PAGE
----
1. Hi Amanda. Those are indeed good signs. Any sign of a pupil light response or vision indicates that some of the retina remains attached, and this can lead to further reattachment from that point.

  3. Thanks for the article Andrew. Just found this problem in my 17 year old, fortunately took her in today and started the medication immediately. My questions are, how long can the recovery period be and is there anything that can be done to enhance or improve the healing process?

    1. Hi Ned. Cats will not recover if the condition has become irreversible, but those that do will regain vision over a period of several weeks. The main thing you can do is make sure that the medication has effectively reduced the BP at a recheck appointment.

  4. My cat has the red eye talked about in your article and seemed to go blind overnight. He’s 14. I brought him to the vet and she gave me a script for Semintra for high blood pressure. It’s over $105 and after spending $474.00 at the vets I was hoping for a cheaper high blood pressure medicine. The closest pet smart that has this med is 45 minutes away. Do you have any suggestions?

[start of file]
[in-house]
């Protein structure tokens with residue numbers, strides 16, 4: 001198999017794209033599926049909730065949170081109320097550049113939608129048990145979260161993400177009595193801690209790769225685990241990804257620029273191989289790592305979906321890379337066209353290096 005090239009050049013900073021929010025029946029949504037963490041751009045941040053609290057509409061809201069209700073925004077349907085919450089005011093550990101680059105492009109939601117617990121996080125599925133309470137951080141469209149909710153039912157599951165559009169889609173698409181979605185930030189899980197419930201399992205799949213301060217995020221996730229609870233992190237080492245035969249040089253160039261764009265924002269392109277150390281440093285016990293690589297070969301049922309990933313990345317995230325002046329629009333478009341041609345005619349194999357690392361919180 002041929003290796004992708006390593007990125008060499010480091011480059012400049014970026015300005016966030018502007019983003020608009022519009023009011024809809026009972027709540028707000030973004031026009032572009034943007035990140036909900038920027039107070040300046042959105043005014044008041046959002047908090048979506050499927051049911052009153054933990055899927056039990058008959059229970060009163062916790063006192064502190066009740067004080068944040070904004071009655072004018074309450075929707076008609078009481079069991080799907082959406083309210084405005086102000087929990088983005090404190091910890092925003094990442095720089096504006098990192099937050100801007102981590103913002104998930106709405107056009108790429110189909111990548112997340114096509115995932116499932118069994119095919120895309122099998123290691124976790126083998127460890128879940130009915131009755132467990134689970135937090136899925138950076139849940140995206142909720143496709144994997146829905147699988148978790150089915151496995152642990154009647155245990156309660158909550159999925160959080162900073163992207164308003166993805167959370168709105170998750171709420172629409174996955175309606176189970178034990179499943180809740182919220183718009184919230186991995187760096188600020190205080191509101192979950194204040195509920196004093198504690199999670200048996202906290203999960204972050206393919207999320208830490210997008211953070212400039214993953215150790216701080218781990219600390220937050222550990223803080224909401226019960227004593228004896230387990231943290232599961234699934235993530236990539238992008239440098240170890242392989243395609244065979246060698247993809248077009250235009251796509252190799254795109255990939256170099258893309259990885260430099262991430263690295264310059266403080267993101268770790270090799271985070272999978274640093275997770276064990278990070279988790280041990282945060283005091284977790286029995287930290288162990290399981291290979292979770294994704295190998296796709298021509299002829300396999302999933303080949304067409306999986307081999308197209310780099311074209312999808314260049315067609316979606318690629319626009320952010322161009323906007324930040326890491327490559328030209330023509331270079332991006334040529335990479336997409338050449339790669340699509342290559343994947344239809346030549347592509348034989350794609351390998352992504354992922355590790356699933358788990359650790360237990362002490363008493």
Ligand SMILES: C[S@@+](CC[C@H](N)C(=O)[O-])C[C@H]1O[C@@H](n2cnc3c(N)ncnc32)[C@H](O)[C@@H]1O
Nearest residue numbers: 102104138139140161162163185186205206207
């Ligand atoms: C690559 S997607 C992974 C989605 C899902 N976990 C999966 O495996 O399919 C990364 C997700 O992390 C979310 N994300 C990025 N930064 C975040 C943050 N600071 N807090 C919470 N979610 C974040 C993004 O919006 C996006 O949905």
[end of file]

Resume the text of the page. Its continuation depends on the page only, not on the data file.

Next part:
1. Hi Andrea. You can ask your vets about amlodipine. It’s an inexpensive and generally very effective treatment for hypertension in cats. Good luck.

  5. My old cat (19 years) seems to have gone blind overnight. It’s possibly been about a week since I first noticed. I just thought he was losing his vision because he’s getting old. I had no idea that it could be treatable. I’m going to take him to our vet. Could his vision be restored with medication or is it too late for him?